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5 things you should know about front loader washing machines

Front loading washers come with plenty of pros and some cons.

front loading washing machine with number 5
Last updated: 25 August 2022

If it's time to replace your washing machine, you're probably feeling a bit like a deer in headlights thanks to the multitude of styles, sizes, features and prices on offer. (Not to mention that you're probably having to do it at the last minute because yours has just died.)

If you've always been a top loader owner, switching to a front loading washing machine can seem daunting. What if it doesn't wash as well? Will it be difficult to figure out? What much will it cost to buy and to run?

Here are some facts that might help inform your decision. 

1. They're water- and energy-efficient

Front loaders can use up to 70% less water than top loaders of similar size. The reason top loaders are so thirsty is because they need enough water to make your clothes float to clean them – unlike front loaders, which use gravity to tumble your clothes. 

And even though top loaders usually take less time to wash your clothes, they use more energy to do it since they have to heat all that water. 

Fun fact: Even if you wash in cold water, your clothes will heat up by around 5°C just from friction.

2. They can be expensive upfront

As a general rule, front loading washing machines do tend to be a little bit more expensive than top loaders. This is because there's more materials in them: ballast, rubber seals, and importantly, a heater. 

But while you might pay more at the cash register, a front loader will help you save on electricity and water bills, so could end up costing about the same or even less over the machine's lifetime. 

3. They're hard on dirt but gentle on clothes

Top loading washing machines clean your clothes by rubbing them against each other, whereas a front loader cleans by tumbling: it uses gravity to pick up and drop the clothes into the soapy water over and over. 

The front loader method results in less damage to your clothes over time – so even though you're likely to pay more upfront for the appliance, you won't be having to replace your clothes as frequently.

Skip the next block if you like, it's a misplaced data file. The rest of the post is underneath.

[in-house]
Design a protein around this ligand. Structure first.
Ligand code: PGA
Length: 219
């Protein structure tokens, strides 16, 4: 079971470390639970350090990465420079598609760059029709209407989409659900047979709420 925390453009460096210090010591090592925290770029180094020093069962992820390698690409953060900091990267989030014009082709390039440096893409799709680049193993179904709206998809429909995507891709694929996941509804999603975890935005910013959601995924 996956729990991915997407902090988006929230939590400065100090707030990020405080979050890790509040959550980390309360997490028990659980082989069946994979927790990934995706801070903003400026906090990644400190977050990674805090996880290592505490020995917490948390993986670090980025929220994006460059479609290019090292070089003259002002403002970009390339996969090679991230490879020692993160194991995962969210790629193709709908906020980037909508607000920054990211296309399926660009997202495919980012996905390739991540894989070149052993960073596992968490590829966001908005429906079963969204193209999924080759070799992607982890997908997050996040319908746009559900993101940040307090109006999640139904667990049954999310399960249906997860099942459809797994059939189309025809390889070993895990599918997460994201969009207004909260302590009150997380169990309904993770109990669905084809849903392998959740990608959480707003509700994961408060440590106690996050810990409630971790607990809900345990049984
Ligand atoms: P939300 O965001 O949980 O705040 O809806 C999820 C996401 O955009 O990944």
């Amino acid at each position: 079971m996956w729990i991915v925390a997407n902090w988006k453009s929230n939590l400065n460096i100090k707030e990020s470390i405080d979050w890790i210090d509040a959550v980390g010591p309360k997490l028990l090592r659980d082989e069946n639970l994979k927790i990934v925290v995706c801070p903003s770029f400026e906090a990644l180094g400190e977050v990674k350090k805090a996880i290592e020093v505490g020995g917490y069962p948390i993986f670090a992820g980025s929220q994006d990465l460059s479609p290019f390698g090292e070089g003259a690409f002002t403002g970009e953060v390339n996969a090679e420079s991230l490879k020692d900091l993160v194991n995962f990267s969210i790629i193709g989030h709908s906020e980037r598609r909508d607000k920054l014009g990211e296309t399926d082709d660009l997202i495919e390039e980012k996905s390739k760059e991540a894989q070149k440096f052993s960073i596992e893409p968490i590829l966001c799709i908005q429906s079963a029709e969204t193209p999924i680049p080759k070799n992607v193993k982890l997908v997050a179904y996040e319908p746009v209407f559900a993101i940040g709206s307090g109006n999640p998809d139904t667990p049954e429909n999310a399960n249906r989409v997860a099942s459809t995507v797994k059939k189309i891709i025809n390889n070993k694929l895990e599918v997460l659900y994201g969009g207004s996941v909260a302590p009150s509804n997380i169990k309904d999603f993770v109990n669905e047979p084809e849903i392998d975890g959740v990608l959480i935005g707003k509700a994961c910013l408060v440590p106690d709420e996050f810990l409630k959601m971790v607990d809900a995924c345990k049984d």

Despite top loading machines using far more water per wash, they actually don't clean clothes quite as well as water-thrifty front loading machines. So by opting for a front loader, you're also likely to get a better wash.

4. They often have longer cycle times

Because they use less water, front loaders have to work harder to get your clothes clean – and they do this by running for longer. One machine we've tested took more than four hours to complete a cycle!

On average, a front loader will take about 144 minutes to wash a full load, compared with an average of 59 minutes for a top loader, so you'll need to factor the longer cycle time into your schedule if you switch to a front loader. 

5. They extract more water (so your clothes dry faster)

Front loaders tend to have much faster spin cycles than top loaders – up to 1600rpm in some models. 

A faster spin cycle means more water removed from the clothes. And the less moisture in your clothes when they come out of the machine, the faster they'll dry – saving you time and potentially money (if you use a clothes dryer, it won't have to work as hard). 

The only downside to the faster spin cycle is that it can increase creases and flatten the pile on your towels, which can make them less soft. But you can dial down the spin speed if that's a problem. 

Other things to know about front loaders

Okay, okay – we only promised you five. But wait, there's more! Here are a few more tidbits of information you should know about if you're considering buying a front loading washing machine.  

  • They're not great on dodgy floors. If your laundry has a wonky or weak floor, you might find your front loader wandering, or putting extra pressure on already-challenged floorboards as they're heavier than top loaders. You might need to source special brackets or even mount it on a plate or board to keep it stable.
  • Front loaders are heavier than top loaders because they need a heavy weight to help keep them balanced. 
  • Unlike top loaders, you often can't stop them to add extra washing once the cycle has run for more than a few minutes, or to retrieve something that's inadvertently ended up in there. 
  • If you have a bad back or other mobility issues, you might find it challenging to get your laundry in and out. 
  • If you're short on space, you can stack a dryer on top of your front loader. (Make sure you double check this with the retailer or manufacturer first.) And if you don't have a dryer, you can always use the top for storage. (Just don't put a pot plant on top of the machine! From personal experience, the plant may not survive the fall.)
  • You need to keep them clean. Mould and mildew can develop inside the rubber gaskets around the door, so you'll need to wipe it out regularly. And it's best to keep the door open in between washes so it can dry out properly. 
  • Front loaders can be noisier than top loaders, averaging around 61dBA, compared to an average of 58dBA for top loaders. This might not sound like much, but it's definitely noticeable, especially if your washing machine is close to your living area. 
We care about accuracy. See something that's not quite right in this article? Let us know or read more about fact-checking at CHOICE.

Stock images: Getty, unless otherwise stated.